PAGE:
Nevertheless, in five days, Donald Trump, the instigator-in-chief and the spreader of dangerous lies and conspiracy theories… Donald Trump, for whom Republican lawmakers became cowardly clowns… Donald Trump, impeachment record holder and widely considered the worst president the United States has ever had, will no longer hold the most powerful position in the free world.

McConnell Joins GOP Representatives in Agreeing With Impeachment |
Bloomberg Quicktake: Now [2021-01-13]

Trump becomes 1st president impeached twice, Senate trial up next | ABC News WNT [2021-01-13]

Editorial: The First Amendment Doesn’t Include Freedom of Insurrection

Americans are quick to cite their First Amendment right to “freedom of speech” when they are condemned for what they have said, no matter how inflammatory or dangerous. In a nation where we have taken for granted our freedoms to disagree, criticize, and oppose, we have come to believe that our freedom to do so always supersedes the safety and protection of the targets of our expression. The First Amendment to the U.S. Constitution protects a wide variety of speech, but it also has endured numerous attempts at stretching and distortion, not the least of which has occurred over the past few months.

Donald Trump’s compaign of falsehoods about the results of the 2020 U.S. presidential election set off an entire movement of Trump zealots who, believing Trump’s insistent and repeated lies, refuse to accept Joe Biden as president-elect. Donald Trump’s speech, though false, might be protected by the First Amendment— unless Trump lied about the election in court, and one could prove that he knew better. Nevertheless, it has incited violent protest activities that are not protected.

It’s not news that Donald Trump is a habitual liar. Nor are we new to the way Trump regularly mocks and abuses the U.S. Constitution and American law. What we must never accept, however, is the way Trump and his loyalists have attempted to use “freedom of speech” as a cover and protection for their increasingly dangerous “self-expression.” Though the First Amendment protects hostile speech, criticism of government, and good old fashioned discourse, it does not protect speech that incites imminent insurrection and/or violence.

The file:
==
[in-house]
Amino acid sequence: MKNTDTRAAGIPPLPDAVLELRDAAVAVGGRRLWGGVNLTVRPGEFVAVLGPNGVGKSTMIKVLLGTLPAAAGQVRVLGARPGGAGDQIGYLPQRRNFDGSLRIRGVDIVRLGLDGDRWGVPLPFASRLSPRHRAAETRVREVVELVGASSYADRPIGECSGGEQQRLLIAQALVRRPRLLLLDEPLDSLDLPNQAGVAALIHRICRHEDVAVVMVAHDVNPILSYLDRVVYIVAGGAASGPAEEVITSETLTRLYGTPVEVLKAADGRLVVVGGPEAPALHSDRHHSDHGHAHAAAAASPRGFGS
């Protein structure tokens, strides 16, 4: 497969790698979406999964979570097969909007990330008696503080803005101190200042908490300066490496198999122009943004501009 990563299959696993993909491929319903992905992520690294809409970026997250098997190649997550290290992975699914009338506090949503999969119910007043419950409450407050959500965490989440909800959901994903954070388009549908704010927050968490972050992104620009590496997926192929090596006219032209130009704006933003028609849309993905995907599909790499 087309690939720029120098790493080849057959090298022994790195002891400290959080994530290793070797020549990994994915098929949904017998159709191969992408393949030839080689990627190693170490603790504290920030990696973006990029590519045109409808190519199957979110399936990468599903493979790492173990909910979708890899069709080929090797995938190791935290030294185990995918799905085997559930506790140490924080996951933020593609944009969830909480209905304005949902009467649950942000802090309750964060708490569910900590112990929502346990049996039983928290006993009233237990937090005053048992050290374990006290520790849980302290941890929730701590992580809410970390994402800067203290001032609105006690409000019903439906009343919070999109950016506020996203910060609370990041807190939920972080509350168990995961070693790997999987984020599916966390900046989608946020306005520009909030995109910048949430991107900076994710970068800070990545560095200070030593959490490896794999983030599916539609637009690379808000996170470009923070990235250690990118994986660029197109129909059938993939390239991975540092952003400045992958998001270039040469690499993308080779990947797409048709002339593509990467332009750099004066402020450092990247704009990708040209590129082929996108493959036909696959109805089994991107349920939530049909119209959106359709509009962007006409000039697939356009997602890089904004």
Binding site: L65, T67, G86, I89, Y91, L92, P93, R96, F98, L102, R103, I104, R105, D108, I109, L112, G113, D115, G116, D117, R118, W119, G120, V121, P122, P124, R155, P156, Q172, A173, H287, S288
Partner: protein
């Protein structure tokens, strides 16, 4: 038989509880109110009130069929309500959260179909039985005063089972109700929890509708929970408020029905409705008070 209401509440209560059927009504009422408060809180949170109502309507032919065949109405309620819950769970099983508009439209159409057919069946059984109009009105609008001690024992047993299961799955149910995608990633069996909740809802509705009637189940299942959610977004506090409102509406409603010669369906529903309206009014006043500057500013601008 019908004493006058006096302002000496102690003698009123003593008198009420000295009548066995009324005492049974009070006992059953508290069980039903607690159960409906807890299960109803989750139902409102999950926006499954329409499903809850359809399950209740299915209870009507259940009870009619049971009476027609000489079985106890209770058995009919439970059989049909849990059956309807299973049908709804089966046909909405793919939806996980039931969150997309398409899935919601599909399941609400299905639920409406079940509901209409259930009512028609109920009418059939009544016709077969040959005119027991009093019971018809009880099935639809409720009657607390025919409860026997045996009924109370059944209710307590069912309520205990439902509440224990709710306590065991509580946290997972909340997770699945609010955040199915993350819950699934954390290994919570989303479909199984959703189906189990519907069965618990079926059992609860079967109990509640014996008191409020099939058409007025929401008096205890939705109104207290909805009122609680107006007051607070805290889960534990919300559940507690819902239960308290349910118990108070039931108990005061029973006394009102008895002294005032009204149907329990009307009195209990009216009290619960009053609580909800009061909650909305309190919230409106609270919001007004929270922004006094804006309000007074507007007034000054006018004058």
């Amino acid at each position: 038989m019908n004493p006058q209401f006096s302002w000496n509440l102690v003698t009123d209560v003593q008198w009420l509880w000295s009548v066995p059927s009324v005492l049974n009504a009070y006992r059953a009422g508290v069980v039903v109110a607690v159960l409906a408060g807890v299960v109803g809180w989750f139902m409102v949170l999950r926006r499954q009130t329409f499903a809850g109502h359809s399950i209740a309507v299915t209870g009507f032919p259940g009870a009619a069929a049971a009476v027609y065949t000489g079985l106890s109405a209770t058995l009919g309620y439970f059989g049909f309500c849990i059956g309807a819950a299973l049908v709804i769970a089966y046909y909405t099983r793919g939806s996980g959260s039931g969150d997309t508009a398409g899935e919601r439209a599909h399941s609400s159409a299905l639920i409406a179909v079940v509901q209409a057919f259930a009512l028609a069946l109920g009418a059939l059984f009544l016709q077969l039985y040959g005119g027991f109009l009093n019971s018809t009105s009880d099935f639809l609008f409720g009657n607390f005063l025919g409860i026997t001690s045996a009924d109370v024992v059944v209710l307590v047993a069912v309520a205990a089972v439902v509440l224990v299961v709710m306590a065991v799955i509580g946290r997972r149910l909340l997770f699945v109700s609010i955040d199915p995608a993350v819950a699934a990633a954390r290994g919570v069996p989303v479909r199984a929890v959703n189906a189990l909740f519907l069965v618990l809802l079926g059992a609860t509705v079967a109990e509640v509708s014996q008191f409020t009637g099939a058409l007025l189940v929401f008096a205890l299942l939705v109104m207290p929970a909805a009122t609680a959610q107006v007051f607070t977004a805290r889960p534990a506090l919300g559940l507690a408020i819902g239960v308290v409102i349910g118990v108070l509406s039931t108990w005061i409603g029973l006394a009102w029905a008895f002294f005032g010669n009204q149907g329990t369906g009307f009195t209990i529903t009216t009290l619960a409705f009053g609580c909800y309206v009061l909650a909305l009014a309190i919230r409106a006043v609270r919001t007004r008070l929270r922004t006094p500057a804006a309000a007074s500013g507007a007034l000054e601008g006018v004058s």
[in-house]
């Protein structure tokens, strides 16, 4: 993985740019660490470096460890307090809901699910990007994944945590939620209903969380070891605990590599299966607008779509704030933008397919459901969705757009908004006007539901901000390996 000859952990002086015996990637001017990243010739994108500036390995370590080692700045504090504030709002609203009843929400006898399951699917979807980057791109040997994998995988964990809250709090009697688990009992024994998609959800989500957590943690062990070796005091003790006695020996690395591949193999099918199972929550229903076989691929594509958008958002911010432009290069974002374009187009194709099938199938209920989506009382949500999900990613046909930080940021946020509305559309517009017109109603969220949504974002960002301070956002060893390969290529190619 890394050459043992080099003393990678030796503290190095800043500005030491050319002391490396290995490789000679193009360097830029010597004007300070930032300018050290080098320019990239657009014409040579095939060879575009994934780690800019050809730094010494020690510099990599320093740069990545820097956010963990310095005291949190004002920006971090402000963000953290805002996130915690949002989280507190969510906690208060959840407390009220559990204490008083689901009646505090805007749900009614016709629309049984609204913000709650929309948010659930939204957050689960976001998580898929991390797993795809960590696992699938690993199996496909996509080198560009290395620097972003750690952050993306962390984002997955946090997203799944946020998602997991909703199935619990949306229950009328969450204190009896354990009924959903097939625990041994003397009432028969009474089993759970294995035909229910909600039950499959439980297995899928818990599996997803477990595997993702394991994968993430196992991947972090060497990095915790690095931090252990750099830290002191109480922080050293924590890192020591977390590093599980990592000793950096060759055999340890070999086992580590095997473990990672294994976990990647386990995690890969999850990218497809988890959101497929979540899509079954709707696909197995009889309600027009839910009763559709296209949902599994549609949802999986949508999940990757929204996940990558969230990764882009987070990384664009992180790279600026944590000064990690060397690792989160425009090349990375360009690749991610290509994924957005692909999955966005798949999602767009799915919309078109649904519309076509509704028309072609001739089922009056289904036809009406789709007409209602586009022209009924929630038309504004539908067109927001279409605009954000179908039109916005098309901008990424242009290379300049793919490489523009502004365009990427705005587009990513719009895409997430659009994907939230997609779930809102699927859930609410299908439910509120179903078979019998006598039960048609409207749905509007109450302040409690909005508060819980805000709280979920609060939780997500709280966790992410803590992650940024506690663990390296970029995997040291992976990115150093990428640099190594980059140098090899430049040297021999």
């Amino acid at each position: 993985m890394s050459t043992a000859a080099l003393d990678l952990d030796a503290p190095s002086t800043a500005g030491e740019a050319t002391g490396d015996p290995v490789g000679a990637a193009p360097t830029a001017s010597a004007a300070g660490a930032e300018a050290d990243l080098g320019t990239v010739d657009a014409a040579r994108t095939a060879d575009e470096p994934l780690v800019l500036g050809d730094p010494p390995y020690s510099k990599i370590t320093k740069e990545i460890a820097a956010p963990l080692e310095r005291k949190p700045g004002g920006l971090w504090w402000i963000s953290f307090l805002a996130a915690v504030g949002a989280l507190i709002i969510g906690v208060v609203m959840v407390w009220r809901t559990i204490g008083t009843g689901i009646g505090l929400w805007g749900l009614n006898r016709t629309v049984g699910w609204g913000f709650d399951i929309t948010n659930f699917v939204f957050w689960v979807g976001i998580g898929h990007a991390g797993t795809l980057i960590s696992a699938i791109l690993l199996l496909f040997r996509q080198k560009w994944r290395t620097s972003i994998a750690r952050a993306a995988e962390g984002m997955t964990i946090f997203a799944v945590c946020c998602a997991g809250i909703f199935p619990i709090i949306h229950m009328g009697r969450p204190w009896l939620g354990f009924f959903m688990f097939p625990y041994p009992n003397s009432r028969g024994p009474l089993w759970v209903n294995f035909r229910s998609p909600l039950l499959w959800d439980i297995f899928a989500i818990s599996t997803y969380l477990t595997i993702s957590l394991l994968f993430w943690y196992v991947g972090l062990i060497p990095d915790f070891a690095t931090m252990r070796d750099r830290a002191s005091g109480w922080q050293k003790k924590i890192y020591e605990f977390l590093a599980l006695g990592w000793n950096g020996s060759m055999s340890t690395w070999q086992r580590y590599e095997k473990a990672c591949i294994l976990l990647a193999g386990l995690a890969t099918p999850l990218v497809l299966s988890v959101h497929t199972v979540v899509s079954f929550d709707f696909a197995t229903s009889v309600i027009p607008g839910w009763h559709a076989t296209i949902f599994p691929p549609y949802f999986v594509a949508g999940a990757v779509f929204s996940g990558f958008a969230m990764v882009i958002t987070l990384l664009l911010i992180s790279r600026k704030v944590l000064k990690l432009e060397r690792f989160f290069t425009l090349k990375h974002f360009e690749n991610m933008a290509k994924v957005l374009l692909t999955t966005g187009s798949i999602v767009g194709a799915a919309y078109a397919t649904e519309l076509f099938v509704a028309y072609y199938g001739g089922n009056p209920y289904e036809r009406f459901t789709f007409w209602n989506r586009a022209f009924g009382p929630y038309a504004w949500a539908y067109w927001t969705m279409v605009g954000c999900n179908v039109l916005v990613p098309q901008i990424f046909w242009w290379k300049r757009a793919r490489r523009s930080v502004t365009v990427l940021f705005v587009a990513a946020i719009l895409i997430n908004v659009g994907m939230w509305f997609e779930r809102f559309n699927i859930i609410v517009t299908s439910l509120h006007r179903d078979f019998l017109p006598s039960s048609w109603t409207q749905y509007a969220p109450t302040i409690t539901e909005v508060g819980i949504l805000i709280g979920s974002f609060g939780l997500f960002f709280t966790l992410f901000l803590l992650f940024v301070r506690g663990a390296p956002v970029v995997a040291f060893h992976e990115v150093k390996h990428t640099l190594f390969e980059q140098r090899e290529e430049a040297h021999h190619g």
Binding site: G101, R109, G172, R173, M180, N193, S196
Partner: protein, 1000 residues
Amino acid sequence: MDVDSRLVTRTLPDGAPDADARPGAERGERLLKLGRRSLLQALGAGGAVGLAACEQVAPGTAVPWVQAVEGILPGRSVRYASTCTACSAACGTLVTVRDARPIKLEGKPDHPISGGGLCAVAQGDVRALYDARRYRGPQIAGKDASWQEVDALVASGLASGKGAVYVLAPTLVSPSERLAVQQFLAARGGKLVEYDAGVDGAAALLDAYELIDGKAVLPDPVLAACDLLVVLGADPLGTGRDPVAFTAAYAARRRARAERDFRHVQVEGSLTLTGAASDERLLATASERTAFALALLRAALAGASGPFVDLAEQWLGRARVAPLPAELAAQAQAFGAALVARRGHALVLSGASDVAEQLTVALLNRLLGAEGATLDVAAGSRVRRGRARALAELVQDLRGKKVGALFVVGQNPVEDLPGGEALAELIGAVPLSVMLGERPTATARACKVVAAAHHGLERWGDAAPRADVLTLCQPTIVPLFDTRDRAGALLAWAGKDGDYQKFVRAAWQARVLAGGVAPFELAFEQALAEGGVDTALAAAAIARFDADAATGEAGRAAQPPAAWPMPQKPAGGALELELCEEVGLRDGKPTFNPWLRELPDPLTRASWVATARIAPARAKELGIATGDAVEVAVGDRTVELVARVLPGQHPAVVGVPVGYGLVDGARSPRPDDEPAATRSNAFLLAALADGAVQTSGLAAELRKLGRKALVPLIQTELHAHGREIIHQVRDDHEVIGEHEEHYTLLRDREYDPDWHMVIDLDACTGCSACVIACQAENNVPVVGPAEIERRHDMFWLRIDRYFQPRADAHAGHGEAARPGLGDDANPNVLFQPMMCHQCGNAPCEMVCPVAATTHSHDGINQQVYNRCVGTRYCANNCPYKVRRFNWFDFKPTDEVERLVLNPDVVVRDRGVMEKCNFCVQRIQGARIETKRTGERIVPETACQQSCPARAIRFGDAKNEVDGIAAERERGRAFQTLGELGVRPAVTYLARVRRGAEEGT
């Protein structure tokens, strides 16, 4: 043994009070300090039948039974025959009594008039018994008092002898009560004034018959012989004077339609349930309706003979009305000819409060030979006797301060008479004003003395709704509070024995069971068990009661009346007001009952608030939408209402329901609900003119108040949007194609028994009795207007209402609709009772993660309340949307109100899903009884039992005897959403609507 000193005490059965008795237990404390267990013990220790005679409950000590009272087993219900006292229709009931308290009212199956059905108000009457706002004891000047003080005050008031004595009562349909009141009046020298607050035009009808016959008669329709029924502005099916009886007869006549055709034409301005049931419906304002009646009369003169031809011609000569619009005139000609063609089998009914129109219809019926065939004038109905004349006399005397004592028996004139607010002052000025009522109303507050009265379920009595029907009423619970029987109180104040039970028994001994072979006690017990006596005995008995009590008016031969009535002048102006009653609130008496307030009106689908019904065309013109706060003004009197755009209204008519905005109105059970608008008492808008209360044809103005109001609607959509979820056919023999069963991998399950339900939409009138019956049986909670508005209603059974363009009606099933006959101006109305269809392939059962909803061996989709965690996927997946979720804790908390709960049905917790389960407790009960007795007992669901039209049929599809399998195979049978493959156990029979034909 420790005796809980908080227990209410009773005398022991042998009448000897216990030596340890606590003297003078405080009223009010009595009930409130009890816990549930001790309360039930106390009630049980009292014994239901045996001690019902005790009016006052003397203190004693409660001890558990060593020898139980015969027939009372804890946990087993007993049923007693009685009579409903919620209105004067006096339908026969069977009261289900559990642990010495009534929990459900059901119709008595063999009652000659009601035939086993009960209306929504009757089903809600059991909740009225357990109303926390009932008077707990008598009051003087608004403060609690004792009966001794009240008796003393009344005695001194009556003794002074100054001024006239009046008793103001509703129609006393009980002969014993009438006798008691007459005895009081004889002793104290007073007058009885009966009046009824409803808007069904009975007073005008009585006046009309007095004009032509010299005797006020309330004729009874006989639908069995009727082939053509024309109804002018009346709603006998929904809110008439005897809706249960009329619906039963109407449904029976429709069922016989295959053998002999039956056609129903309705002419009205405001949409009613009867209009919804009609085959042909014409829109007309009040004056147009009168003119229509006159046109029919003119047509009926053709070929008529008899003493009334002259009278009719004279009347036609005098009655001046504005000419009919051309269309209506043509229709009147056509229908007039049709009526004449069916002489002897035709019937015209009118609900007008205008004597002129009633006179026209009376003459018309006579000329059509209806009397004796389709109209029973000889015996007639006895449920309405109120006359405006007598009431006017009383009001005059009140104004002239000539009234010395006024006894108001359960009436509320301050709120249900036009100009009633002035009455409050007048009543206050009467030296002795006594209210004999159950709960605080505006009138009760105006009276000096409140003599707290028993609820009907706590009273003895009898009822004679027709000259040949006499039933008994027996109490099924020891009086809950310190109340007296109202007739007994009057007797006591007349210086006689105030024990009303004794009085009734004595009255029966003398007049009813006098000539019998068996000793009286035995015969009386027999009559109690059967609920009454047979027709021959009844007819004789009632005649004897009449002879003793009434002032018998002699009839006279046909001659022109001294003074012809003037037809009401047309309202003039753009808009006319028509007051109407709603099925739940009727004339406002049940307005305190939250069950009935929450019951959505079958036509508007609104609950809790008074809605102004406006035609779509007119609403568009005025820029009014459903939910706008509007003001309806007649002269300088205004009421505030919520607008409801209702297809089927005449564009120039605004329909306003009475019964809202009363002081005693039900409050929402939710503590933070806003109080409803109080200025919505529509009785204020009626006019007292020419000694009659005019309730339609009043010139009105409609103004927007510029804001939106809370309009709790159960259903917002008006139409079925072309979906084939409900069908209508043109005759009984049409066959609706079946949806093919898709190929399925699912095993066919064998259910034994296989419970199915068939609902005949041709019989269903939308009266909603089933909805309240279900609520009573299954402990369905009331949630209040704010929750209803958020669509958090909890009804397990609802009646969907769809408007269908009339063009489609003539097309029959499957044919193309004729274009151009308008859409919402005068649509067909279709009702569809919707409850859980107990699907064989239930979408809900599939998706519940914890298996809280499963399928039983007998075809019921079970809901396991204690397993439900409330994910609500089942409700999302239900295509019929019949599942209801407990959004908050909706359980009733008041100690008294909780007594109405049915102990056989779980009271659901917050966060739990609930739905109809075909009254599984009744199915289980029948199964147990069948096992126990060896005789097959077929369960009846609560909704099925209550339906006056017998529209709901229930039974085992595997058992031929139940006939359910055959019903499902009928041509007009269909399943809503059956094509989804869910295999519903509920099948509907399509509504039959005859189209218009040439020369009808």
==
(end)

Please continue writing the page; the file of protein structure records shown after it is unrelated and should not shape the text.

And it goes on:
The Founding Fathers clearly gave future generations far too much credit for having the good sense to elect leaders who also had good sense, as well as integrity, honesty, and a sense of duty to country over personal enrichment. They also had too much faith in future generations when they assumed that, should we ever find ourselves with a leader who proved harmful to the republic, we’d ensure that he was kept in check, or even ejected. The drafters of the Bill of Rights, which includes the First Amendment, extended that assumption of common sense, apparently assuming future generations would use good judgment, not only in whom they selected to govern them, but also in the words they used. 

Unfortunately, we are currently in a situation where our president has neither common sense nor integrity. Those who have given him their unwavering allegiance have demonstrated that they are similar to Trump in that way. Yet, since we have for so long insisted on our right to say anything at all, no matter how foolish, dangerous, or destructive, in the name of freedom of speech, it is difficult sometimes, to distinguish the speech that is truly protected, from the speech that is not.

“Speech provoking actions that would harm others—true incitement and/or threats—is (also) not protected,” write the editors of History.com, “but again determining what words have qualified as true incitement has been decided on a case-by-case basis.” 

Even before Donald Trump began continually (and falsely) proclaiming that he had won the election, there were his false claims surrounding the coronavirus pandemic. As Trump’s supporters found themselves in “Facebook jail” or “Twitter jail” (account suspension, or tagging of their posts as false information) for posting conspiracy theories, fake claims, and false “evidence” about the election or about the coronavirus pandemic, they left mainstream social media outlets in favor of Parler and other far-right platforms. 

These far-right platforms have been touted by the MAGAs and others as “free speech” platforms. And by “free speech,” they meant “freedom to spew as many false conspiracy theories and other unfounded garbage as possible.” They also meant “freedom to organize and support the mobbing, lynching, rioting, killing, and overthrow of any institution or individual perceived as ‘anti-Trump.’” 

We saw the culmination of their “freedom of speech” last Wednesday, as an organized mob stormed the U.S. Capitol Building with the goal of stopping Congress from certifying Joe Biden as the next president of the United States. Weeks before, on platforms such as Parler, where QAnon and other conspiracy theories thrive, members had been communicating to organize this violent insurrection, which resulted in five deaths. 

On January 6, shortly after the rioting, user “ColonelTPerez (Ret)” wrote a post on Parler that included this text: